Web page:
This paper will focus on micro- and meso-level social capital. Its emphasis will be on the ability of individuals and households to mobilize resources through social networks, such as kinship networks, friends and neighbours and community groups. It will also pay attention to trust as the cognitive dimension of social capital. The data presented were collected in a village study in Mkamba, Tanzania, during 2004-2005 (cf. Nombo 2007). The paper begins with a discussion of the concepts of social capital and resilience. Then, information about the study area setting and the research process is given. Next, empirical evidence is presented and discussed. The paper ends with a conclusion.
The concept of social capital gained prominence by the writings of James Coleman (1988, 1990) and Robert Putnam (1993). There is no set and commonly agreed upon definition of social capital but it is broadly agreed that social norms and social networks are part of it. Generally, two forms of social capital are distinguished: structural and cognitive social capital. The first refers to the networks and social structures in which people are embedded, the second to contents, such as trust, shared beliefs, norms of obligation and reciprocity. The latter are more subjective and intangible, hence more difficult to observe (Uphoff & Wijayaratna 2000). Putnam (1993) defined social capital in terms of the existence of horizontal social groups such as associations, clubs and voluntary agencies that bring individuals together to pursue one or more objectives in which they have a common interest. Coleman’s (1990) definition of social capital also covers vertical linkages and relations among groups. Other definitions include formalized relations and structures of macro-institutions, such as political regime or the legal and judicial systems (cf. Berger-Schmitt 2000). Corresponding to these different scopes of the definitions, a distinction between three levels of manifestation of social capital can be made: interpersonal relations, such as between family, friends and neighbours; intermediary associations and organizations such as clubs, forms, political parties; and macro-level of societal institutions, including government, the political regime, the rule of law and the judiciary system. The three levels are complementary and mutually re-enforcing, and together they may maximize the socio-economic impacts of social capital (Grootaert & Bastelaer 2002).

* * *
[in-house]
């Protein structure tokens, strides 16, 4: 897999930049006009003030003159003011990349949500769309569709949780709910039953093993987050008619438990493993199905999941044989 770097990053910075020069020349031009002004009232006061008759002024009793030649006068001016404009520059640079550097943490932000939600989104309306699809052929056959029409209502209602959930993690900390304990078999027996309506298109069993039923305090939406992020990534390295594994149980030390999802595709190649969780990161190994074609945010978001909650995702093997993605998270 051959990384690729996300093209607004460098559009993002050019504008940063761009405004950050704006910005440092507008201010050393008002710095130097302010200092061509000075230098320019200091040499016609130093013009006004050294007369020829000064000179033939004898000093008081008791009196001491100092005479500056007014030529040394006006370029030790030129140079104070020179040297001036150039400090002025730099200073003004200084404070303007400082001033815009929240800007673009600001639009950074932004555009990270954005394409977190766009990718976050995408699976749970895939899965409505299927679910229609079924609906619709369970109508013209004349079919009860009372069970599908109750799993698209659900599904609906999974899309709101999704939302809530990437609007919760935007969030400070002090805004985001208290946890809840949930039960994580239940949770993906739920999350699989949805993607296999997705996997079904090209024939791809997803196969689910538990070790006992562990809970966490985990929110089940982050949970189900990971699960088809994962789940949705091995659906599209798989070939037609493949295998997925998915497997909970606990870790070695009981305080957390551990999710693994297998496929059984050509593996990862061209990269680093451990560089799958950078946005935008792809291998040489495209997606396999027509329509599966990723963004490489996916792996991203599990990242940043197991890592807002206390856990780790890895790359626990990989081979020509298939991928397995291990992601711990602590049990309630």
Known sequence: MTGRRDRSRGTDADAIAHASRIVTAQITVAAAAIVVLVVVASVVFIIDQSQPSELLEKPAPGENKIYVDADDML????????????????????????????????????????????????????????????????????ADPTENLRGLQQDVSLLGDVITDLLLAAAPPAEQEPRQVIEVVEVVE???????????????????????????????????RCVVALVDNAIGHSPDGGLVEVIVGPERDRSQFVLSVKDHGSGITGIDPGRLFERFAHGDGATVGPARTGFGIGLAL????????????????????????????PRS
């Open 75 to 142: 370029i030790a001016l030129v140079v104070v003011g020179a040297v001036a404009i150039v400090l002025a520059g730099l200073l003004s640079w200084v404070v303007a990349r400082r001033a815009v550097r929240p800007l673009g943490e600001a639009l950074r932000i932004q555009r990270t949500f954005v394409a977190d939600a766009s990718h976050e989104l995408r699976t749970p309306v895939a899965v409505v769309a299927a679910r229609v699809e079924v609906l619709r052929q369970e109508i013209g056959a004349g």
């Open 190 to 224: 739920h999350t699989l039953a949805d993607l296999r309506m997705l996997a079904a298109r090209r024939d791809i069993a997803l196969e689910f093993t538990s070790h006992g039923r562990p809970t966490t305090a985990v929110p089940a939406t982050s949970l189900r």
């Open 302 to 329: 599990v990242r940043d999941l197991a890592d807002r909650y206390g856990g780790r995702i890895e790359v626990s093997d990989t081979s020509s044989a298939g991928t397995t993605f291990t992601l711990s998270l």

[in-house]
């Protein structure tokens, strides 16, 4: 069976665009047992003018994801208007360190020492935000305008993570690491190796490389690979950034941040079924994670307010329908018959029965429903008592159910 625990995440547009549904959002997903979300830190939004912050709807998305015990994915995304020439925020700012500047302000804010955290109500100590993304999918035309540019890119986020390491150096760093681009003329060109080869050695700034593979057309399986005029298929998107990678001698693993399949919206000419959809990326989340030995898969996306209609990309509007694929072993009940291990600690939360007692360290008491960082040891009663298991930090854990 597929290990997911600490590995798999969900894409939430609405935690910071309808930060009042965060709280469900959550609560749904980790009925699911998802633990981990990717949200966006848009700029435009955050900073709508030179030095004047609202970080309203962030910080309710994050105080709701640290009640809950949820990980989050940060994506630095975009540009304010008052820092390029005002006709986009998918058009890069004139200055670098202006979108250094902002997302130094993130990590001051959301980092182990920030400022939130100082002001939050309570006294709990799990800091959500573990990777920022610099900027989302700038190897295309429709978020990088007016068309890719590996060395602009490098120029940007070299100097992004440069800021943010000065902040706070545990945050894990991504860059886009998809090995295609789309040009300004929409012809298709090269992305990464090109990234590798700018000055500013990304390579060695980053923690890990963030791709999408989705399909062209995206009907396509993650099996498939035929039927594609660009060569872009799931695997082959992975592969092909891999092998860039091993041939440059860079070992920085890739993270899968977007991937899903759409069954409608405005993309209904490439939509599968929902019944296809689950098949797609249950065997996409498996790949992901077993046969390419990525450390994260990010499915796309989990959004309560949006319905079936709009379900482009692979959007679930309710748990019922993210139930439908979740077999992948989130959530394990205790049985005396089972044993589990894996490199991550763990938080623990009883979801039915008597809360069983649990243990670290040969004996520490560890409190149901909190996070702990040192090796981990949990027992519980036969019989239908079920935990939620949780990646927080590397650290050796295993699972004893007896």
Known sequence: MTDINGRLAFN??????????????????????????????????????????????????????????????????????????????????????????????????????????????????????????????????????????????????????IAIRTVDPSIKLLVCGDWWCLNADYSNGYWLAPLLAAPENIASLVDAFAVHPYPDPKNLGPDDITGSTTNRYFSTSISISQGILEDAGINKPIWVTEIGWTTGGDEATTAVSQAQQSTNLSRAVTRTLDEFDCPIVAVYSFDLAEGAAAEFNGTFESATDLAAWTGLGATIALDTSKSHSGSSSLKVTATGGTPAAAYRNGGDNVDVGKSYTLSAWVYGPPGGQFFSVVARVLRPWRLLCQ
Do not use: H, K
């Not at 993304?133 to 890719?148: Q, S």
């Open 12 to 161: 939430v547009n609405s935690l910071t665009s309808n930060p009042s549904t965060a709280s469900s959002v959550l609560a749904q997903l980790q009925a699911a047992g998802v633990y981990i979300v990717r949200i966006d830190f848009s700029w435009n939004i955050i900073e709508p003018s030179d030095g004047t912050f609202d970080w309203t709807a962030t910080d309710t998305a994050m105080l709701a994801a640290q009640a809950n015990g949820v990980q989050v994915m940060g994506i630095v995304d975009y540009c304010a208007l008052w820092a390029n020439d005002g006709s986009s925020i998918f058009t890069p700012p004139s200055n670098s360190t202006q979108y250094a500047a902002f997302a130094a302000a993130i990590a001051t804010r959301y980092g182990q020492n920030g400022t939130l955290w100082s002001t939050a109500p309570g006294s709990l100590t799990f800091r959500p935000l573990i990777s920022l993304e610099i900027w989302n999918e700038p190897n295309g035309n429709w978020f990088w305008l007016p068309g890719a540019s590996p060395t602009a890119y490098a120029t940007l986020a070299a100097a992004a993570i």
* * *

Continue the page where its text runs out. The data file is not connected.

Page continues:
In the literature a further distinction is made between bonding, bridging and linking social capital. Putman (2000) describes bonding relationships as those in relatively homogenous groups. Bonding social capital strengthens the social ties within a particular group. It enables individuals and households to meet their daily needs and overcome difficulties. Bridgingcapital refers to relations between heterogeneous groups. It strengthens ties across such groups, which is more important for ‘getting ahead’. Woolcock (2000) identified a third type of social capital, linking social capital, which refers to connections with people in positions of power and is characterized by relations between those within a hierarchy but at different levels. Linking social capital enables one to gain access to resources, ideas and information from formal institutions beyond the own community. All three types of social capital are important in helping households cope and become resilient to AIDS impacts.